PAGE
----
Negro with a hat : the rise and fall of Marcus Garvey /

by Grant, Colin.
Material type: materialTypeLabelBookPublisher: Oxford ; New York : Oxford University Press, 2008Description: 530 p., [16] p. of plates : ill. ; 25 cm.ISBN: 9780195367942 (alk. paper) :; 0195367944 (alk. paper).Title notes: $27.95 7-2008 (db)Subject(s): Garvey, Marcus, 1887-1940 | African Americans -- Biography | Black nationalism -- United States -- History -- 20th century | African Americans -- Race identity | Back to Africa movement | Universal Negro Improvement Association -- History | Jamaica -- Biography
Contents:
Prologue : a premature death -- Bury the dead and take care of the living -- Almost an Englishman -- In the company of Negroes -- An ebony orator in Harlem -- No flag but the Stars and Stripes-- and possibly the Union Jack -- If we must die -- How to manufacture a traitor -- Harlem speaks for scattered Ethiopia -- Flyin' home on the Black Star Line -- A star in the storm -- He who plays the king -- Last stop Liberia -- Not to mention his colour -- Behold the demagogue or misunderstood messiah -- Caging the tiger -- Into the furnace -- Silence Mr. Garvey -- Gone to foreign.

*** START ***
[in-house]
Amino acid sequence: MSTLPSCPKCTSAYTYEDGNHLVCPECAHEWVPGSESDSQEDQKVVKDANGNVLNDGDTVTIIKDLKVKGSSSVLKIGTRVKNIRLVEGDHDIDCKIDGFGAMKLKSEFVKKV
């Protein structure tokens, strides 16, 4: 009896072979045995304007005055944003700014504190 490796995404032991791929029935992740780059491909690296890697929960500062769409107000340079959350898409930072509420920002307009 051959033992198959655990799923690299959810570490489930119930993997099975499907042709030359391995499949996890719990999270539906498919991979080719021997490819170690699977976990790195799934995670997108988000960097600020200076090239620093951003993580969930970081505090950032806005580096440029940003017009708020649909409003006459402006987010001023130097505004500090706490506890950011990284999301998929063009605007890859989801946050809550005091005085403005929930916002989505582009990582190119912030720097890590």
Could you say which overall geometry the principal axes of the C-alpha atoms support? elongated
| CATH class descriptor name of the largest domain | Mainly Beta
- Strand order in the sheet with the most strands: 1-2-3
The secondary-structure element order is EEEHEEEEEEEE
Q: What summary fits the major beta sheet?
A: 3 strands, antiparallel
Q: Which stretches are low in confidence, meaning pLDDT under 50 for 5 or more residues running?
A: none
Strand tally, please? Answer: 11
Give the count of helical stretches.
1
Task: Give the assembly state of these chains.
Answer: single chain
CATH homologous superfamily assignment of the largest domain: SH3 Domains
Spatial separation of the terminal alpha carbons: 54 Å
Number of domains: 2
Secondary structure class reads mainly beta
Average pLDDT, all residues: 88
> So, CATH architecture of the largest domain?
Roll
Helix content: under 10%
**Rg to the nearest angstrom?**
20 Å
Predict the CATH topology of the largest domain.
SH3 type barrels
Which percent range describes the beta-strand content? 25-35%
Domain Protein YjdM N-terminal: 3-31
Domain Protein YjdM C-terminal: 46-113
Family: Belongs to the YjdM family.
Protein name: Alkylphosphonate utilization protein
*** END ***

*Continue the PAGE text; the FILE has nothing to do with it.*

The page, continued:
Summary: Marcus Mosiah Garvey was once the most famous black man on earth. A brilliant orator who electrified his audiences, he inspired thousands to join his "Back to Africa" movement, aiming to create an independent homeland through Pan-African emigration--yet he was barred from the continent by colonial powers. This self-educated, poetry-writing aesthete was a shrewd promoter whose use of pageantry fired the imagination of his followers. At the pinnacle of his fame in the early 1920s, Garvey's Universal Negro Improvement Association boasted millions of members in more than forty countries, and he was an influential champion of the Harlem Renaissance. J. Edgar Hoover was so alarmed by Garvey that he labored for years to prosecute him, finally using dubious charges for which Garvey served several years in an Atlanta prison. This biography restores Garvey to his place as one of the founders of black nationalism and a key figure of the 20th century.--From publisher description.
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Enhanced descriptions from Syndetics: